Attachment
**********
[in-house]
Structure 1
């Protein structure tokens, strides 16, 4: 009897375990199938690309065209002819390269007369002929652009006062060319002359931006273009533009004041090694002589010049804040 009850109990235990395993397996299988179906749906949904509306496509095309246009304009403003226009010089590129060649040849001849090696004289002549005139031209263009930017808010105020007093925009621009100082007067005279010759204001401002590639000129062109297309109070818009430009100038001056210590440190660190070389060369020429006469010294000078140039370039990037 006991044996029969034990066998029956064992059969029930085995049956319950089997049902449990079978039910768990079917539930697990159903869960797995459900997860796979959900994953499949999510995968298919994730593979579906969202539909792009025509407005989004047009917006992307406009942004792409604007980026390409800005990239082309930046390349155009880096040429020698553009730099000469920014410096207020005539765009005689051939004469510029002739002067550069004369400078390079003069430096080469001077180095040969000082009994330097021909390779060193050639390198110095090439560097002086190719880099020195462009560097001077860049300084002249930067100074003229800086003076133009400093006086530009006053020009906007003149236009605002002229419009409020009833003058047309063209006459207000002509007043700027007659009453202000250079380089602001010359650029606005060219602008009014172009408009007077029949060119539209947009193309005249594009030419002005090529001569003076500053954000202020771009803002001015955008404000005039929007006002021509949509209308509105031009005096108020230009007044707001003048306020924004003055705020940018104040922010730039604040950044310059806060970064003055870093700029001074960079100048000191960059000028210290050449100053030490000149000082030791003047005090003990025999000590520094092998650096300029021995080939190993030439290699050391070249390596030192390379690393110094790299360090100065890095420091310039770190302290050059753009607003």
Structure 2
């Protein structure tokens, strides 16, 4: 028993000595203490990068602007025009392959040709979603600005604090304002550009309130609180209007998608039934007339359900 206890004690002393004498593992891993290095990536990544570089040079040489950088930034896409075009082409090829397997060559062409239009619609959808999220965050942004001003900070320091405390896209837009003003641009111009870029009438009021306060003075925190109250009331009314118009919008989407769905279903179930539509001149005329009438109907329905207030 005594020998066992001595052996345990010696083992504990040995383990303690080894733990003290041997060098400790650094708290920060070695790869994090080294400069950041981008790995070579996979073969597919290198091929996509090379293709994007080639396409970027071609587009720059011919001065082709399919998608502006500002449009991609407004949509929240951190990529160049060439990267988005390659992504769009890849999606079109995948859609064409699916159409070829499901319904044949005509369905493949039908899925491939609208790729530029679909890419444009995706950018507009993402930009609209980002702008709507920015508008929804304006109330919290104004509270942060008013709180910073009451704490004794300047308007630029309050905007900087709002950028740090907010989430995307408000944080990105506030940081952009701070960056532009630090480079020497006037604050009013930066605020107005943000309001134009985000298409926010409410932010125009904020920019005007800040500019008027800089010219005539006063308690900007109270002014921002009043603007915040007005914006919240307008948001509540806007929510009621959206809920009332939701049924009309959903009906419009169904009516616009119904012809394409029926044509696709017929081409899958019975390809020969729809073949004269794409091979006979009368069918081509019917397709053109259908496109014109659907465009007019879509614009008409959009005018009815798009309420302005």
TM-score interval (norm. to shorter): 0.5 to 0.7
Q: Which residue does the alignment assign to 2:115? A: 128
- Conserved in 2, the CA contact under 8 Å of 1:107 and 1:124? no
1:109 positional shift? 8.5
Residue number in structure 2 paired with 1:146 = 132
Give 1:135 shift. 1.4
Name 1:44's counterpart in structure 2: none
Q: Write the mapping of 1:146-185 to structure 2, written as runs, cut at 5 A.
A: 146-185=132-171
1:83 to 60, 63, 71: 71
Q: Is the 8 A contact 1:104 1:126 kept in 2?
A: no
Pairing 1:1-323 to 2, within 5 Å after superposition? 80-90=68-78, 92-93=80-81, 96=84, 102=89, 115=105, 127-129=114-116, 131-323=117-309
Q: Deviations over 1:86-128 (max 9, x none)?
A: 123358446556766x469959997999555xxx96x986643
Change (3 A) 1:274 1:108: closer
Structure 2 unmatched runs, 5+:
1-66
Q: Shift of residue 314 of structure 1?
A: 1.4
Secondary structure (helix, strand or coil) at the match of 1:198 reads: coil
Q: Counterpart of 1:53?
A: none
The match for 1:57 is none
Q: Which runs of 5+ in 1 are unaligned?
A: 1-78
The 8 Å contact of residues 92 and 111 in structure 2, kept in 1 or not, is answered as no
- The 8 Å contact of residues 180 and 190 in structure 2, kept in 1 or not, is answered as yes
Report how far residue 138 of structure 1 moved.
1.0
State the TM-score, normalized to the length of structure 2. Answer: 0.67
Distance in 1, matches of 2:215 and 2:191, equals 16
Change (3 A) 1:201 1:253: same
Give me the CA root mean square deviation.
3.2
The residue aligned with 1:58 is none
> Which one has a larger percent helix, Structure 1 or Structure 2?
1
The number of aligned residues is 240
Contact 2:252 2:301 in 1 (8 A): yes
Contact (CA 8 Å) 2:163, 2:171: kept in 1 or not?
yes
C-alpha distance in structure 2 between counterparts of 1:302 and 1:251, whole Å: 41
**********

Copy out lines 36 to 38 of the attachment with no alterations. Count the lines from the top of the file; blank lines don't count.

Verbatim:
State the TM-score, normalized to the length of structure 2. Answer: 0.67
Distance in 1, matches of 2:215 and 2:191, equals 16
Change (3 A) 1:201 1:253: same